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Saturday, July 4, 2020  Spokane, Washington  Est. May 19, 1883
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Church grows after Episcopalian split

Virginia De Leon Staff writer

Shortly after the last General Convention in 2003, Episcopalians in Spokane who were upset about the election of an openly gay man as bishop began meeting to discuss their options.

Should they stay? Should they go? Should they join the Catholic Church?

After about a year, about 20 of them decided to start their own church – Christ the King Anglican Church, a congregation that has no ties to the Episcopal Diocese of Spokane but is under the jurisdiction of the Bishop of the Diocese of Recife, Brazil, and affiliated with the Anglican Communion Network.

Formed in January 2004, the ACN is a theologically conservative network of parishes and dioceses in the United States and Canada formed in light of the Anglican Communion’s near civil war over homosexuality. Although some Episcopal priests belong to the ACN, they have more or less dissociated themselves from the General Convention, the governing body of the Episcopal Church.

“The Scriptures are very clear about how God views any sexual marriage outside the bonds of marriage,” said the Rev. Jerry Cimijotti, rector, or pastor, of Christ the King. “This is not a gay issue. It’s about the authority of Holy Scripture.”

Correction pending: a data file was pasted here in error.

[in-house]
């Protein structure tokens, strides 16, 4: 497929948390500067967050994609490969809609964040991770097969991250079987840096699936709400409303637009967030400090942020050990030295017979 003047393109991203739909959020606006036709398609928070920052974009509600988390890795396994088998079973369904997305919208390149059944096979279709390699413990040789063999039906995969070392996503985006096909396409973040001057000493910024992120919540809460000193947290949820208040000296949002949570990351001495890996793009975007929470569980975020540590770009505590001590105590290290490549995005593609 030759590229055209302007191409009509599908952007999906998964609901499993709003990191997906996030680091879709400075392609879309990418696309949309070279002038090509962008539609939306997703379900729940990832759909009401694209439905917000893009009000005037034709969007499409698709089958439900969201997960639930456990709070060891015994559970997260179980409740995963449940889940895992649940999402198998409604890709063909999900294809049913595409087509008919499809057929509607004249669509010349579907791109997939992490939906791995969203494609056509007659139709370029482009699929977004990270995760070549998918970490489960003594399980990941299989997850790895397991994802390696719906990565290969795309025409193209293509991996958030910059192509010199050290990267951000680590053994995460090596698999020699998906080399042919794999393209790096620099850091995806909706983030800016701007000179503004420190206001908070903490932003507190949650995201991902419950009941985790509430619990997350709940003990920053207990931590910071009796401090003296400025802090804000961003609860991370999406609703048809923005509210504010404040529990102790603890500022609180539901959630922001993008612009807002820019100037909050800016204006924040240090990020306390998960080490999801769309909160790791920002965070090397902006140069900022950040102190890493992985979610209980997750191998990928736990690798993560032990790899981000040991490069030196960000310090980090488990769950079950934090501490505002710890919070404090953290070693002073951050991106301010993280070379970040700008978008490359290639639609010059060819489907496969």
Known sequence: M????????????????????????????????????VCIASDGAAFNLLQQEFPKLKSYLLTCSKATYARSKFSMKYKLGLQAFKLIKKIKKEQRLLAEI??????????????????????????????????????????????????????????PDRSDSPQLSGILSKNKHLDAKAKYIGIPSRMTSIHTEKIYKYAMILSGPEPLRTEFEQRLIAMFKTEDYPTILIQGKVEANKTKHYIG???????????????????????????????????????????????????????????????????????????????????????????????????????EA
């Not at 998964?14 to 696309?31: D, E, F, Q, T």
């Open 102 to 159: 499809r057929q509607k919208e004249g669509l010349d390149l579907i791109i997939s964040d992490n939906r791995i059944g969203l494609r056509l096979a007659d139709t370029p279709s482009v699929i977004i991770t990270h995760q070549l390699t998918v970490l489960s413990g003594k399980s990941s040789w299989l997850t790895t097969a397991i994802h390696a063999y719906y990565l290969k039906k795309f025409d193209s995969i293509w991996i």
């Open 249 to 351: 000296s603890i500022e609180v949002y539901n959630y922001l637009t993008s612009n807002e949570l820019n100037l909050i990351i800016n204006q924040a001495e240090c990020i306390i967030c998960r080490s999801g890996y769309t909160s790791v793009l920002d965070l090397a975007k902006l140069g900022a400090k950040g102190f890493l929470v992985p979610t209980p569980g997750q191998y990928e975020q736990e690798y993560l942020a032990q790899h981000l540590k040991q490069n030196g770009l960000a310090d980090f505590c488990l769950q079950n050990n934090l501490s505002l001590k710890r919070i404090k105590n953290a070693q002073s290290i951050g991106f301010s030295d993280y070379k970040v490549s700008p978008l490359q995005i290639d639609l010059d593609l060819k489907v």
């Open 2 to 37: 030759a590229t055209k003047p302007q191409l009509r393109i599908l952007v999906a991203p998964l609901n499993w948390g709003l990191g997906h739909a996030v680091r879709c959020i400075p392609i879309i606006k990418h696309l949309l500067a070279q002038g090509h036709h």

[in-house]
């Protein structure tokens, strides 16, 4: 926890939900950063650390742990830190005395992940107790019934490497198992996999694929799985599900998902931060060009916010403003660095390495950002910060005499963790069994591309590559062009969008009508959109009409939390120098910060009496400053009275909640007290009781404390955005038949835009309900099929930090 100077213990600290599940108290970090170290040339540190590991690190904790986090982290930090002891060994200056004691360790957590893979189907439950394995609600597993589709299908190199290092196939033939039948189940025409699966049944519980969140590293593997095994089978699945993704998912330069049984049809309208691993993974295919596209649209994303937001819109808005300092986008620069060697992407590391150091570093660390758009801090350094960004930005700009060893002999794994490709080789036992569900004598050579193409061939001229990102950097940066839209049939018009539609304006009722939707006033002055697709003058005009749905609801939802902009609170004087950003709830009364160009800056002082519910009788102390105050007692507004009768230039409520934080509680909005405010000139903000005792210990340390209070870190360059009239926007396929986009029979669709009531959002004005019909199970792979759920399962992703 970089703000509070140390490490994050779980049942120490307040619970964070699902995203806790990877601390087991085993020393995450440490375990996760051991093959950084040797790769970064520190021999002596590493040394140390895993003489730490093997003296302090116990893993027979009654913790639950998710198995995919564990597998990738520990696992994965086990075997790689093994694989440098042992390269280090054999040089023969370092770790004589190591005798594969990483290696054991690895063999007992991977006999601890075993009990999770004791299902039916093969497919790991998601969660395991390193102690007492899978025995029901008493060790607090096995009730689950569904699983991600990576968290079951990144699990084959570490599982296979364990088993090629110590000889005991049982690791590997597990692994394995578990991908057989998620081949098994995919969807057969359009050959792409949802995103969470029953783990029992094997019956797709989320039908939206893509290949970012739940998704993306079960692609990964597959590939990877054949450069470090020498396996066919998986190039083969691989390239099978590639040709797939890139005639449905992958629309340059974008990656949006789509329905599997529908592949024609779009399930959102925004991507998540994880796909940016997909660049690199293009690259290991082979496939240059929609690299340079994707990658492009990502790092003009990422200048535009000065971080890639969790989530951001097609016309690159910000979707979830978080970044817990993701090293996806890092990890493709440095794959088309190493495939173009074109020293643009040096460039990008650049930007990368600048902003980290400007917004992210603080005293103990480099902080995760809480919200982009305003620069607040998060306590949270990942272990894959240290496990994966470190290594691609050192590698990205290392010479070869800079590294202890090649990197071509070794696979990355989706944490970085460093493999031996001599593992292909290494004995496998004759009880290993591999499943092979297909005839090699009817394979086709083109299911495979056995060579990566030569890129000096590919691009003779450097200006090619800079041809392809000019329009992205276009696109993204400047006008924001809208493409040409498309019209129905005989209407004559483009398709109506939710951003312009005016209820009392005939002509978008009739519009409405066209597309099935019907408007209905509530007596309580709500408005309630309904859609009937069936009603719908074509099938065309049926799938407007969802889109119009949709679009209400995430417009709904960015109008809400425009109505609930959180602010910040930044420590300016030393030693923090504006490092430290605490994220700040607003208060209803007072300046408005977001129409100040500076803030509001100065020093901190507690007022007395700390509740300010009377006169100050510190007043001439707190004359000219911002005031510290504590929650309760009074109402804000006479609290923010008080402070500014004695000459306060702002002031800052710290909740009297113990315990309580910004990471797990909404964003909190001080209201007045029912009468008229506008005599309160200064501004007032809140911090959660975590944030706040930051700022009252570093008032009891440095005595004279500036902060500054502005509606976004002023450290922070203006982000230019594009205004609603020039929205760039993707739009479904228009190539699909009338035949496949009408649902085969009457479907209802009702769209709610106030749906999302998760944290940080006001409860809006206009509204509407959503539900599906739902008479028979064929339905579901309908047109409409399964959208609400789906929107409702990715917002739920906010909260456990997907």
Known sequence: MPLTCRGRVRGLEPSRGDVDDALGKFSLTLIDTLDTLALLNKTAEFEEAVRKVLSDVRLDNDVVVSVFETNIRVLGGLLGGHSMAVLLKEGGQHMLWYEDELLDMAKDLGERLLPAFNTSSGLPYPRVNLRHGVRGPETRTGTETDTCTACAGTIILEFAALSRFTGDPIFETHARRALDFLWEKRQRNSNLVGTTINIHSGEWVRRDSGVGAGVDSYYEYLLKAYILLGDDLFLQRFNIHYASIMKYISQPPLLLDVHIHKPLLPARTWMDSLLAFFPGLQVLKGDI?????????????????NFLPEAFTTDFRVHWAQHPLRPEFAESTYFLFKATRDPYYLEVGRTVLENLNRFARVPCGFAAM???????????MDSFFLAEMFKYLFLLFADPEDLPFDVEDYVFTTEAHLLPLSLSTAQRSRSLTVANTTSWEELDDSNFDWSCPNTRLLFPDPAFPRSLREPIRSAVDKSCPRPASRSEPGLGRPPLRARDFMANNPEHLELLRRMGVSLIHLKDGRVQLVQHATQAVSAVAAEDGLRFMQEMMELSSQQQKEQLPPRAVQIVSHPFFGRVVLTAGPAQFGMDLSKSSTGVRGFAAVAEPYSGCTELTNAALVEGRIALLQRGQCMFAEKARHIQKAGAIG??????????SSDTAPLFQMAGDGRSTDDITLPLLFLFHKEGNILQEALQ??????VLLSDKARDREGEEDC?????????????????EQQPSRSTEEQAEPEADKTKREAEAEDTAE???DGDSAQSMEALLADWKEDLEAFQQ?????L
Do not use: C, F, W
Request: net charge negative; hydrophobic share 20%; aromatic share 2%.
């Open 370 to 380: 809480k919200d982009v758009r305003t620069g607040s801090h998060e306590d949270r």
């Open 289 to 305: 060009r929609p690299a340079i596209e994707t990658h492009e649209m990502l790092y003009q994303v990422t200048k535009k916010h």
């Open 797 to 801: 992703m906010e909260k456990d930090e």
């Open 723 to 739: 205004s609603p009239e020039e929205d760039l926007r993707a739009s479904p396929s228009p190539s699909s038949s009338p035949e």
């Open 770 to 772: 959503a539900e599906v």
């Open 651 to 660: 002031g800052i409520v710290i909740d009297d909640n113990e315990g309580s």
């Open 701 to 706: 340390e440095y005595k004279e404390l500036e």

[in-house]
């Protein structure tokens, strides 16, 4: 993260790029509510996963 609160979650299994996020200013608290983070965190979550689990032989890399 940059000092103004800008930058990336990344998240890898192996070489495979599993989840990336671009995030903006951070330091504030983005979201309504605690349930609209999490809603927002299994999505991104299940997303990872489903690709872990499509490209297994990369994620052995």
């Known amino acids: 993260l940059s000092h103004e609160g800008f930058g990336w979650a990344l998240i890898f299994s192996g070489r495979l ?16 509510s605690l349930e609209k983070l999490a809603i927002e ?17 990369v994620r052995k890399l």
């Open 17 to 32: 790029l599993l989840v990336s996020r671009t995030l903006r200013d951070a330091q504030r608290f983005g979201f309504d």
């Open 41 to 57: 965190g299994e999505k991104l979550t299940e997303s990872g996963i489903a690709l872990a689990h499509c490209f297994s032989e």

The Episcopal Church has been at odds with the 37 other provinces that belong to the worldwide Anglican Communion since 2003, when the American bishops ordained V. Gene Robinson, a gay man who lives with his partner in the New Hampshire diocese.

The 20 people who founded Christ the King in Spokane wanted to be “orthodox in their theology,” Cimijotti said. “They wanted to be Anglican and, most importantly, they wanted to be focused on the gospel of Jesus Christ.”

So they started gathering every Sunday at the Manito Masonic Temple. The 10 a.m. service was led by lay members until about nine months ago, when Cimijotti responded to their need for a rector.

Cimijotti, pastor of an Episcopal church just outside Sioux Falls, S.D., not only shared their vision, he said, but also had a penchant for starting new churches. Before he was ordained a priest in 1999, Cimijotti served for a decade as a pastor for the Evangelical Free Church of America.

Like others who belong to the ACN, Cimijotti was disappointed with the decisions made at the Episcopal Church’s 75th General Convention last week. He was especially dismayed by the choice of Katharine Jefferts Schori as presiding bishop.

“They elected the most extreme bishop, the one with the most progressive theology,” he said, citing Jefferts Schori’s approval of Robinson’s elevation to bishop, and support of same-sex blessings. “It’s her theology, not her gender.”

Membership at Christ the King Anglican Church has doubled to 40 since it was established in 2004. While many were former parishioners in the Diocese of Spokane – a network of 42 congregations in Eastern Washington and North Idaho – a few had never belonged to the Episcopal Church, according to Cimijotti.

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